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There are lots of accounting systems available. Some of them are very good, and some rather poor. Some are over-simplified, others way too complicated. You will need to do research to find out which one's right for how you want to operate your business.

Are you using "Wintel" PC's or Apple's Macintosh? Will you be needing more than one person to handle maintenance of your accounting? You may need a LAN (local area network) so that two or more people can be entering data or running a report at the same time.

Don't get a system that is too elementary. Although a simple package may seem right for a start-up, be sure it can grow as your business grows. You certainly don't want to have to change packages in a year or two, conceivably having to re-enter all of your data! That's a nightmare, but I've known it to happen many times.

On the other hand, don't get a package that's too complicated for you and your staff to handle. Think like Goldilocks -- it's got to be just right!

Be sure the software you buy is from a well-established company -- one that looks as if it'll be around for years to come. You'll likely need tech support from time to time, and you don't want to find the company has gone out of business and your new software will be unsupported.

In addition, before you settle on a particular system, consider using an accounting software specialist to assist in the installation and set-up. This may save you lots of grief. But be sure the specialist will be available for the first few months you're using the new package to answer questions and troubleshoot problems. And be sure they know your chosen software cold!

Although I'm not recommending accounting software for your particular label, you may want to look into one or more of the following before you settle on your purchase. It's likely that one of these will work for you.

MYOB (stands for Mind Your Own Business) (www.myob.com) has a different package for each platform: MYOB Accounting Plus for PCs (about $185), and MYOB AccountEdge for Macintosh (about $230.) Either of these programs will probably work well for a start-up that plans a few years of solid growth. You'll have to buy additional licenses for each additional user, but that's at considerably reduced prices.

QuickBooks (www.quickbooks.com) is the simplest system, but may not be flexible or sophisticated enough for a growing company. A simpler version sells for about $150, and a more complex one sells for about $250. It's available for both PC and Macintosh, but the Mac version is single-user only and hasn't been upgraded or supported for years.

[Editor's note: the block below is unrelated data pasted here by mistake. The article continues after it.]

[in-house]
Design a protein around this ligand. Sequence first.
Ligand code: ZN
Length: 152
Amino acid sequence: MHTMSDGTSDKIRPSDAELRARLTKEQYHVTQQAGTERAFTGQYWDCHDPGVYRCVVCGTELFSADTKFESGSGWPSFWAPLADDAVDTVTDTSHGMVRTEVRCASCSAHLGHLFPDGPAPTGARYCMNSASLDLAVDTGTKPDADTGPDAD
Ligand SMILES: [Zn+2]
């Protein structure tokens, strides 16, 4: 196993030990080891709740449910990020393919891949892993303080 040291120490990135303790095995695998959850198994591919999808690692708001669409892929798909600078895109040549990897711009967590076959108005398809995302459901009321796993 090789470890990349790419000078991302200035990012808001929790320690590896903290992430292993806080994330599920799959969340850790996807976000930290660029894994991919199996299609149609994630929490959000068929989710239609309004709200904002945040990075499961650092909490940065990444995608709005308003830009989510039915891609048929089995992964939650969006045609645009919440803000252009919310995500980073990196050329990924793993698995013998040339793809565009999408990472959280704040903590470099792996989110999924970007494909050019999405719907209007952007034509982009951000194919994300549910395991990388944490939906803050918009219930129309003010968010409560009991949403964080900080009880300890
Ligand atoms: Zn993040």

Here are some PC-only offerings, but be sure this software is compatible with the type of Windows system and/or server you use:

Peachtree Accounting (peachtree.com) (from $100 to $1600 depending on complexity and number of users)

Business Works (www.Business-Works.com) (ca. $1400)

ACCPAC Simply Accounting (www.accpac.com) starts at about $90 building up to their VisionPoint or Executive Series. The latter are highly modular and there's a charge for each module. This can get quite costly and complex.

There are also web-based version for some of these (QuickBooks and Peachtree) but I don't recommend them because, if you use a modem to access the web, it'll be in constant use, and if you have broadband access but your ISP (Internet Service Provider) is down, you won't be able to get to your data.

Lots of research material is available on the web. So be sure to thoroughly research all available options. But it's imperative that you discuss these with your accountant before you make a purchase. It's also a good idea to check with your friendly competitors to see what they're having success with, or listen to horror stories about their experiences so you'll know what to avoid.

Of course you will back up your accounting data (and all other vital databases and business information) on a daily basis, rotating your back-ups and keeping them off-site. (For more about back-ups see www.Dantz.com for their Retrospect family of back-up solutions.)

Finally, whatever you decide, be doubly sure that your new accounting system, and your personnel, will be able to handle all of the details and masses of accounting data you will need in order to properly and effectively manage your business for success.


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Copyright 2001 Keith Holzman, Solutions Unlimited. All rights reserved.